While one person or party may receive more votes than any other single party in an election, rarely do they have more votes than all other contenders put together, which leaves the majority of people unhappy with the result.

The simplicity of First Past the Post is probably the strongest argument for it. Every one can understand it as a basic competition. However, there’s a strong argument that says the nation’s leadership should not be determined by a simple competition.

If Canada was to evolve, we wouldn’t be breaking new ground. Many other countries use systems other than First Past the Post. According to the Institute for Democracy and Electoral Assistance, Australia, France, Germany and Japan all use different systems from Canada and each other.

There are three basic systems being discussed for Canada.

The first has been considered in B.C. Provincial referendums were held in 2005 and 2009 calling for a version of the Single Transferable Vote system. Both times it was defeated. In 2005, while 57.7 per cent of voters agreed with the proposed change, it required 60 per cent to past. The 2009 referendum ended with 39 per cent of voters in favour of change. Single transferable voting is also being considered for the country. It’s similar to the alternate vote system, but has multiple candidates elected from a single region. In Canada, these regions could be enlarged from the current ridings so that a similar number of MPs are elected. Ireland currently uses this system.

Alternate Vote, also known as a ranked ballot or instant runoff voting, is the next simplest to First Past the Post. Essentially, instead of choosing one candidate, a voter ranks as many or as few of the candidates in their riding as they want. It would require the fewest alterations to Canada’s current system, is used in Australia, and the Liberal Party voiced support for it in the spring.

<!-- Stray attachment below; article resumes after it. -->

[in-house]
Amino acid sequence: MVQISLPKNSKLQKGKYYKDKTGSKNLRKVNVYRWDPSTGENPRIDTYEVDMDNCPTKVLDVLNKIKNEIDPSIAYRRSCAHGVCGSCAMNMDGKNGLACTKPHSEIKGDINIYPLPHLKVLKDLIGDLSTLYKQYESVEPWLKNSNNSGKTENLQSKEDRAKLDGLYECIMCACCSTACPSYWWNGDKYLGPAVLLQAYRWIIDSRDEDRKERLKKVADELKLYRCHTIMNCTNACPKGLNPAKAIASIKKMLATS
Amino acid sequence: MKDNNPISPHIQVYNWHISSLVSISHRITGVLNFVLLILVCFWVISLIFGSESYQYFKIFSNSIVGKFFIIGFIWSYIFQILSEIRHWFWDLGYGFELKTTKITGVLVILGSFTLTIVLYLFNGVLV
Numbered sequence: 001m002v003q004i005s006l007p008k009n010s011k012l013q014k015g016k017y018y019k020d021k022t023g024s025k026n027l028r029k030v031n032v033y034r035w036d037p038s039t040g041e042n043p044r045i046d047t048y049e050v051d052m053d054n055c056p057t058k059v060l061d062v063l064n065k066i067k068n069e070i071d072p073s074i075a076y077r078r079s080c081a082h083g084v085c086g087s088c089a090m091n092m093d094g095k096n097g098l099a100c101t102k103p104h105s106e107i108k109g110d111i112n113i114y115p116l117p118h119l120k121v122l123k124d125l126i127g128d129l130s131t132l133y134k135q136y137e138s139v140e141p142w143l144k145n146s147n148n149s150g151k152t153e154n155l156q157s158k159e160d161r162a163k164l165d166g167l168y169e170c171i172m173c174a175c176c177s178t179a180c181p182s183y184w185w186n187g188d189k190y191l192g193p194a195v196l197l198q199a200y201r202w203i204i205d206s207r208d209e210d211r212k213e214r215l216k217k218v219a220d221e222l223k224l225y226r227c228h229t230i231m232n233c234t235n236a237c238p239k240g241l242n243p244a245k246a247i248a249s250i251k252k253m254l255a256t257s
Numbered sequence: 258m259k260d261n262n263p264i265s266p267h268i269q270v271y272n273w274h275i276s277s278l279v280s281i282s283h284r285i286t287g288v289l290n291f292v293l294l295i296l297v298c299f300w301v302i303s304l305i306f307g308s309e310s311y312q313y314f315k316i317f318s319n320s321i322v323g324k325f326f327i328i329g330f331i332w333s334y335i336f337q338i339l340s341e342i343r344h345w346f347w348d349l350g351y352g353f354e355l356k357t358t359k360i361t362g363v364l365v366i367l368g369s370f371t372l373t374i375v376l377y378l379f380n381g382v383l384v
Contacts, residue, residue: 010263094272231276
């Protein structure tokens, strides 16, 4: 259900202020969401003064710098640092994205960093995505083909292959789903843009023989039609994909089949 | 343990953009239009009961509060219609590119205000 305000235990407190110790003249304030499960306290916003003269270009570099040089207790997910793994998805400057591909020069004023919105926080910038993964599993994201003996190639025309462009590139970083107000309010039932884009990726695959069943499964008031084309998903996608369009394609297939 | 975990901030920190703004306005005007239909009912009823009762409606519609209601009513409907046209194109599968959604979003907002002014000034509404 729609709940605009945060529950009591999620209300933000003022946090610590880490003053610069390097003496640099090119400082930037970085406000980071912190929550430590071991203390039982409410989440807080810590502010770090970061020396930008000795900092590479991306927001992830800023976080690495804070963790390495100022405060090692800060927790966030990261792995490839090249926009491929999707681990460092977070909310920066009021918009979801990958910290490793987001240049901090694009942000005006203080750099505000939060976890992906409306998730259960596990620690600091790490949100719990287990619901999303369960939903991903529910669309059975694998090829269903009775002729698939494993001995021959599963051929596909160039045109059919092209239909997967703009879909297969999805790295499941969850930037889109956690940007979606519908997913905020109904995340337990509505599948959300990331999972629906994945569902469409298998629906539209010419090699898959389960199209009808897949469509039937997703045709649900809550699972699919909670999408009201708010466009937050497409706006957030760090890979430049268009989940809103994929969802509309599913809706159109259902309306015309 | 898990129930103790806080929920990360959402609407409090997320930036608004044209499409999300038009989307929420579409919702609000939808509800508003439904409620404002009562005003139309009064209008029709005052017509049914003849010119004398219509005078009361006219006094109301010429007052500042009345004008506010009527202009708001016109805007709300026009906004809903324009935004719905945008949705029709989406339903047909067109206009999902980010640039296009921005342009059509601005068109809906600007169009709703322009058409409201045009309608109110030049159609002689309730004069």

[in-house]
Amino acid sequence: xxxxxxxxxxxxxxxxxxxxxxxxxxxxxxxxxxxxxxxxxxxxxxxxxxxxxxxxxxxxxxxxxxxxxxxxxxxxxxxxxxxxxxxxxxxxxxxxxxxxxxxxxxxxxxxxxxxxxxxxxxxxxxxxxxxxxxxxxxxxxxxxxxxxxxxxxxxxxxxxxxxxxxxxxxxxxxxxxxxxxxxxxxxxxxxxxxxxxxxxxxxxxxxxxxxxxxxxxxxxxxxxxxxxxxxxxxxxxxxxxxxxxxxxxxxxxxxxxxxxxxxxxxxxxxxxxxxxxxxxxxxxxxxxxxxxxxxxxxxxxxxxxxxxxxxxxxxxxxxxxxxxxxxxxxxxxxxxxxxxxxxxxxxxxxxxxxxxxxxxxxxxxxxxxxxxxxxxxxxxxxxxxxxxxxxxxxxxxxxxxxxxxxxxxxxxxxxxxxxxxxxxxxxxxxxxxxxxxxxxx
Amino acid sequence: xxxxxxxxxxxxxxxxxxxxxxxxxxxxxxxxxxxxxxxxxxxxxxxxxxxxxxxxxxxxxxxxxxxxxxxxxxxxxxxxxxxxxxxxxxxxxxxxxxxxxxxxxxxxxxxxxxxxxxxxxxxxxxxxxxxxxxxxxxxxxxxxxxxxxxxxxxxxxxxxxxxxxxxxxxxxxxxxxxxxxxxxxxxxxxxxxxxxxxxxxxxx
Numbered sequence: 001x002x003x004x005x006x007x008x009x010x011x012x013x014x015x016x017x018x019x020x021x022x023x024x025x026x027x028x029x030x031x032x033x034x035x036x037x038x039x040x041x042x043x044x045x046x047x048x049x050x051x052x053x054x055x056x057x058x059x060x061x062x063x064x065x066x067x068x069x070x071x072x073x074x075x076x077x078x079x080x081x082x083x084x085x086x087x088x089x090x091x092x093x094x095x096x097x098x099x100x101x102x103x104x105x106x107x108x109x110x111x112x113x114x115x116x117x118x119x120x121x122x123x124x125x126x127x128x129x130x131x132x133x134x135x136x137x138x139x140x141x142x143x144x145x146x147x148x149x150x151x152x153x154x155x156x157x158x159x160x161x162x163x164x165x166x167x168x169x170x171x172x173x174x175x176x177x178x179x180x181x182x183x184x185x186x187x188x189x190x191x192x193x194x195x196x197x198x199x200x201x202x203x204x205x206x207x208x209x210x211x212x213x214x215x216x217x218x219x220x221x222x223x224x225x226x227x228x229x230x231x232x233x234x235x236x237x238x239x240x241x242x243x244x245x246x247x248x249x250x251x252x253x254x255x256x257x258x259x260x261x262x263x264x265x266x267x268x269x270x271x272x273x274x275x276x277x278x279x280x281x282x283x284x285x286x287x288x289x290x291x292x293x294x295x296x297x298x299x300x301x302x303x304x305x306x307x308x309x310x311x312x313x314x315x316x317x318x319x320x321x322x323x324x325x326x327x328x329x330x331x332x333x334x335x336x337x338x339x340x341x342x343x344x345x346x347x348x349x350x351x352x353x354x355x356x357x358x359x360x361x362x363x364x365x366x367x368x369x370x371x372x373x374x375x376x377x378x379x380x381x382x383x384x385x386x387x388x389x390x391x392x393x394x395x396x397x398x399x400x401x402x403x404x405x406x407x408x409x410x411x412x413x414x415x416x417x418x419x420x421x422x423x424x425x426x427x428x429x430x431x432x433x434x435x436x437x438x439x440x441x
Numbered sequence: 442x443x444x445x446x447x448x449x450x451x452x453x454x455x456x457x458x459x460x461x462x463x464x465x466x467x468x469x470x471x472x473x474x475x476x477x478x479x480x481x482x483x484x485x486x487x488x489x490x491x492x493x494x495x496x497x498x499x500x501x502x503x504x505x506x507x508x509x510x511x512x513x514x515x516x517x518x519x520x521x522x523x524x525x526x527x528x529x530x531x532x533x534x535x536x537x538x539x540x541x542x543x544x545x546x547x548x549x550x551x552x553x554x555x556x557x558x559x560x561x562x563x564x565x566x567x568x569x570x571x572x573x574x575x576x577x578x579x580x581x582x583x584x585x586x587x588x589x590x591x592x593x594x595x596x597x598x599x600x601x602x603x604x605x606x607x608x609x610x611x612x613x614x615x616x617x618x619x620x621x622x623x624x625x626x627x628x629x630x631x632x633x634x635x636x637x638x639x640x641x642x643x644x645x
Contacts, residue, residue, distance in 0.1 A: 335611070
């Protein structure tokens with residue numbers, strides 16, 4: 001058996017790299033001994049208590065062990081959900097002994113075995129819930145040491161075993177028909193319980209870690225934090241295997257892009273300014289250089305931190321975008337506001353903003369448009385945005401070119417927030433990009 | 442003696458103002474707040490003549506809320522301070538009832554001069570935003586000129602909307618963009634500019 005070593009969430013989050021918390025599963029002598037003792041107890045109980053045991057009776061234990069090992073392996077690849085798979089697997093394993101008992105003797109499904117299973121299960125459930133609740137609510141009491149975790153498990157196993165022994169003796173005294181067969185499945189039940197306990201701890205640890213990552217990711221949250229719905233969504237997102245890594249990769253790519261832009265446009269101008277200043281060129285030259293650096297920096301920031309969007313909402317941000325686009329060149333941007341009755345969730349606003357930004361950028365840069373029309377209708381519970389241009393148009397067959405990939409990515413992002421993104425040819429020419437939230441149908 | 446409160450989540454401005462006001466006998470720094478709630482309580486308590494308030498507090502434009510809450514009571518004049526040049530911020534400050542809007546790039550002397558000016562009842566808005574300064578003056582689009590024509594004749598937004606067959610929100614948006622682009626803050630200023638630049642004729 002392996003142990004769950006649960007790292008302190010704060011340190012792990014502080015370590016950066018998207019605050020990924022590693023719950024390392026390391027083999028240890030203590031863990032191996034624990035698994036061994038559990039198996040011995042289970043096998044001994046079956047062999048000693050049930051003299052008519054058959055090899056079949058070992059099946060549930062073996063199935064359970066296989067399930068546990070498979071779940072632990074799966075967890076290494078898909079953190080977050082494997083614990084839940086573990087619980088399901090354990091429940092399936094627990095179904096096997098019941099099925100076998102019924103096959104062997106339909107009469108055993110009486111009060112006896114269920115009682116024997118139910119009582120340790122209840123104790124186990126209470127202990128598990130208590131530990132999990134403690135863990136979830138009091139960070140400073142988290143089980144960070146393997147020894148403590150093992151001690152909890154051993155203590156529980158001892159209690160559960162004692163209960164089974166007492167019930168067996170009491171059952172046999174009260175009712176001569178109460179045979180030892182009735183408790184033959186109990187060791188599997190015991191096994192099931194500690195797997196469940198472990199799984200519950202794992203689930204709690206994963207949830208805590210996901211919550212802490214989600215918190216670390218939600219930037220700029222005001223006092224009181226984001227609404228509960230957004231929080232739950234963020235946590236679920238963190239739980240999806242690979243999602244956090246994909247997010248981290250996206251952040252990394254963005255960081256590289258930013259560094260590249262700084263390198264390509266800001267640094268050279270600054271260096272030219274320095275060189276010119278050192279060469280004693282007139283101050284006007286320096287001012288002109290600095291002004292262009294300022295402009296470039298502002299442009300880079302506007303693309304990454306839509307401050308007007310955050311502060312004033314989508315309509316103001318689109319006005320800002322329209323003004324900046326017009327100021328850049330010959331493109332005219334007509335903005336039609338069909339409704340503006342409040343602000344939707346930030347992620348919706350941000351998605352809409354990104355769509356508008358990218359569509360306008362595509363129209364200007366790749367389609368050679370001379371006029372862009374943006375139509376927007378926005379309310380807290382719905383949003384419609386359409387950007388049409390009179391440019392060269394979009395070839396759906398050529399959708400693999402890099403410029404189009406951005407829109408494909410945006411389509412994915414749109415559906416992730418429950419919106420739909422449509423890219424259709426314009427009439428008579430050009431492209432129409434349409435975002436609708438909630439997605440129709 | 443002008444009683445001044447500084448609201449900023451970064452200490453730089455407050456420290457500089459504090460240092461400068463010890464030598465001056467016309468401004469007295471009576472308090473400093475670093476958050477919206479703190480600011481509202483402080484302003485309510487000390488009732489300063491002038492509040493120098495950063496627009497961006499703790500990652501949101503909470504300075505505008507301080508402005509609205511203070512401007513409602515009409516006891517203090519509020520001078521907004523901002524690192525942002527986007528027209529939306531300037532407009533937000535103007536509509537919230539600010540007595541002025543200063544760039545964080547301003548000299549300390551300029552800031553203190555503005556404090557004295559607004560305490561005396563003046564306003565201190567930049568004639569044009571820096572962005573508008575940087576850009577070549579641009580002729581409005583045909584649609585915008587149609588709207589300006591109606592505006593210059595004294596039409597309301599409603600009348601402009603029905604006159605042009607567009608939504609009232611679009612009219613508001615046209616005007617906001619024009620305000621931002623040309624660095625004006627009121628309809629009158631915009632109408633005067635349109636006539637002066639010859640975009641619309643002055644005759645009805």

The third option — and most popular internationally after First Past the Post — is the Mixed Member Proportional Representation system, of which there are a few versions. Basically two different voting systems are used, one to elect a local representative, and one to help balance out party representation over a larger geographic area. Versions of this are used in Germany, New Zealand and Mexico.

Each version is different, and a version for Canada has been developed, according to Fair Vote Canada, called Rural-Urban Proportional Representation. Proponents of this version favour it due to the Canada’s mix of large rural areas and urban centres where the majority of Canadians live.

In the Thompson-Okanagan region some local groups and MPs have held townhalls and public consultations to collect inormation about electoral reform. In Kamloops there were two prongs, with MP Cathy McLeod surveying her electorate to gauge feelings about a referendum and holding round table meetings to discuss it. The Kamloops-Thompson-Cariboo Eletoral Committee, founded by former federal Liberal candidate Murray Todd, but run as a non-partisan organization with participation from multiple parties.

In the Kelowna and South Okanagan ridings MPs held townhall meetings to collect feedback from their electorate. In the North Okanagan riding, Conservative MP Mel Arnold reached out for feedback via mail while the Liberal riding association took it on themselves to hold meetings. In the Central Okanagan riding no public groups held information or public consultation meetings.

To add your voice to the conversation or to learn more about the federal electoral committee, click here. The public has until October 7 to send in comments. The federal committee has announced it is travelling the country for feedback and some dates around Western Canada with the closest meeting Wednesday, Sept. 28 in Vancouver. A final report will be written after Oct. 7 and presented no later than Dec. 1.

To contact a reporter for this story, email Brendan Kergin or call 250-819-6089 or email the editor. You can also submit photos, videos or news tips to the newsroom and be entered to win a monthly prize draw.